Introduction

Daniel Honan, MBA, EA, Owner of Online Bookkeep LLC

Daniel Honan, MBA, EA, Owner of Online Bookkeep LLC

Thank you for taking the time to read this important report: 7 Bookkeeping and Tax Tips for Paint Contractors (for a PDF version of this ebook, click here).

My goal is to ensure you are aware of the biggest opportunities for paint contractors to save money from a bookkeeping and tax perspective. My hope is that you incorporate this knowledge into your painting business so you can earn more and know your records are in order. 

I have seen the good, the bad, and the ugly when it comes to painting contractor bookkeeping. When I take a new client, it can be chaotic. However, the good news is, within a short period of time, I am able to get things back on track again.

I serve painting contractors exclusively as their bookkeeper and tax adviser. If, after reading this report, you feel you need help applying the recommended solutions, I encourage you to make an appointment with me to discuss your situation. I offer a free, 30-minute consultation to painting contractors to discover how they can move beyond chaos and restore order to their business.

To schedule your free consultation, visit www.bookkeepingforpainters.com/contact. I offer a limited number of free consultations so that I may focus on my current clients. So take me up on this offer now. I am a bookkeeper, not a pushy sales person. I will shoot straight with you about your situation and if we decide to move forward, then that is fine. If not, that is fine too.


Tip #1: Have a Recorded and Monitored Budget

Keeping a budget doesn't have to be this difficult...

Keeping a budget doesn't have to be this difficult...

The number one difference between an excellent and average performing painting contractor is the use of a budget. Although this claim might seem outrageous, let me assure you that the top 5% in the industry use budgets.

Above-average performing paint contractors don't just have a budget, they actively incorporate their budget into their bookkeeping and monitor their finances to ensure they reach their goals outlined in their budget. Top performing paint contractors take it one step further and use JOB COSTING. Job costing is basically just a budget for a specific job. These top performing paint contractors often use their client estimates as their budget and actively track costs per job-site to determine profitability per job-site.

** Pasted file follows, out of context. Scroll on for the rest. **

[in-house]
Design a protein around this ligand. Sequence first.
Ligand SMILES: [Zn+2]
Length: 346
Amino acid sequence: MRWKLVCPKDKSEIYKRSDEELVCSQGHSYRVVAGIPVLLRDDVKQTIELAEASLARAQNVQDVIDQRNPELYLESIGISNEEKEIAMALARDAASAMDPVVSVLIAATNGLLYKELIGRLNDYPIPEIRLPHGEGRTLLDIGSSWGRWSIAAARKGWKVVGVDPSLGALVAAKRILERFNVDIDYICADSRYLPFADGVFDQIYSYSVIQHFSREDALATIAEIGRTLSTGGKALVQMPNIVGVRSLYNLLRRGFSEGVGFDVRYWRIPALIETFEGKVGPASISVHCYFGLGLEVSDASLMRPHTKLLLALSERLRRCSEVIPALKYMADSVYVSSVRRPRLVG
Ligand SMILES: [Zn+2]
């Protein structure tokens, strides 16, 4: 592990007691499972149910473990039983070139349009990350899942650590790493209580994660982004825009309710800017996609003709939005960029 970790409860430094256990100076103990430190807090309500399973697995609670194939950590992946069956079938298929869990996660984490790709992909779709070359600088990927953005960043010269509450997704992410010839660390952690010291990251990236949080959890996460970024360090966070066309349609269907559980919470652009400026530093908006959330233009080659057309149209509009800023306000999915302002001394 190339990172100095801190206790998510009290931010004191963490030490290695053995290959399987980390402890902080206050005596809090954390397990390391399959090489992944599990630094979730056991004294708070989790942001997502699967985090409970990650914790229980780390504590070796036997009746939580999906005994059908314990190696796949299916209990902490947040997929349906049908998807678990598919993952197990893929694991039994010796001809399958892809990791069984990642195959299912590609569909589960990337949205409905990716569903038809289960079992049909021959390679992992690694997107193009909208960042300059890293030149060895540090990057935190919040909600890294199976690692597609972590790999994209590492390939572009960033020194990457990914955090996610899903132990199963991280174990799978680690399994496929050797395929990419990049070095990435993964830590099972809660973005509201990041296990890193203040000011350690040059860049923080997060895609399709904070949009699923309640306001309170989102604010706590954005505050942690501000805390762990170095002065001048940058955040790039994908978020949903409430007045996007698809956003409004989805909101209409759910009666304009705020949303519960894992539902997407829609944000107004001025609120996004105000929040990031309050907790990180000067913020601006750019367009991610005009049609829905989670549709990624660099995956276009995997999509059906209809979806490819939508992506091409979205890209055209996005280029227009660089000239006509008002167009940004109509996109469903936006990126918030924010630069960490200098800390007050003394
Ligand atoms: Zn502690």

If you need to get set-up with a budget in your bookkeeping software, you can contact me for a free consultation.


Tip #2: Take Advantage of the Work Opportunity Tax Credit

The Work Opportunity Tax Credit (WOTC) rewards businesses for employing certain targeted groups that have a high unemployment rate or special employment needs. This tax credit can save your business 20-40% of wages paid out to qualifying individuals in their first year of employment. You can save up to $9,600 on one new hire per year. For example, your painting business hires a military veteran that has not had a job in 6 months. You pay the newly-hired, veteran $12 an hour, and the veteran works over half the tax year (960 hours). Your business would qualify for a $4,608 tax credit, thus saving 40% of the wages paid to that new hire.

In order for your business to take advantage of this outstanding, money-saving tax credit, take the following 5 steps:

1. Ensure all your new-hires fill out Form 8850 "Pre-Screening Notice and Certification Request for the Work Opportunity Credit" following the Instructions for Form 8850. This form will help you identify individuals in the "targeted groups" who are eligible for the tax credit. The new-hire must fill out the page 1 of Form 8850 on the day the job offer is made. Complete page 2 after the individual is hired.

2. Fill out ETA Form 9061 or ETA Form 9062 if the employee has been certified as belonging to a WOTC target group by a State Workforce Agency. 

3. Submit the forms to your state workforce agency within 28 days. To determine your state workforce agency process, download this PDF.

4. Wait for a final determination from your state workforce agency.

5. Once you receive approval from your state workforce agency, you can file your tax return with Form 5884 and Form 3800 to claim your tax credit. Your tax preparer or tax accountant can take care of this step for you. Just ensure you tell them and give them the information needed.

This credit not only saves you money, but allows find motivated employees who might need that second chance. Legislation passed in December 2015 will allow employers to claim this credit through December 2019. Visit https://www.doleta.gov/wotc for full information on the work opportunity tax credit.

If you need further information on this topic, feel free to contact me.


Tip #3: Take Advantage of the Home Office Deduction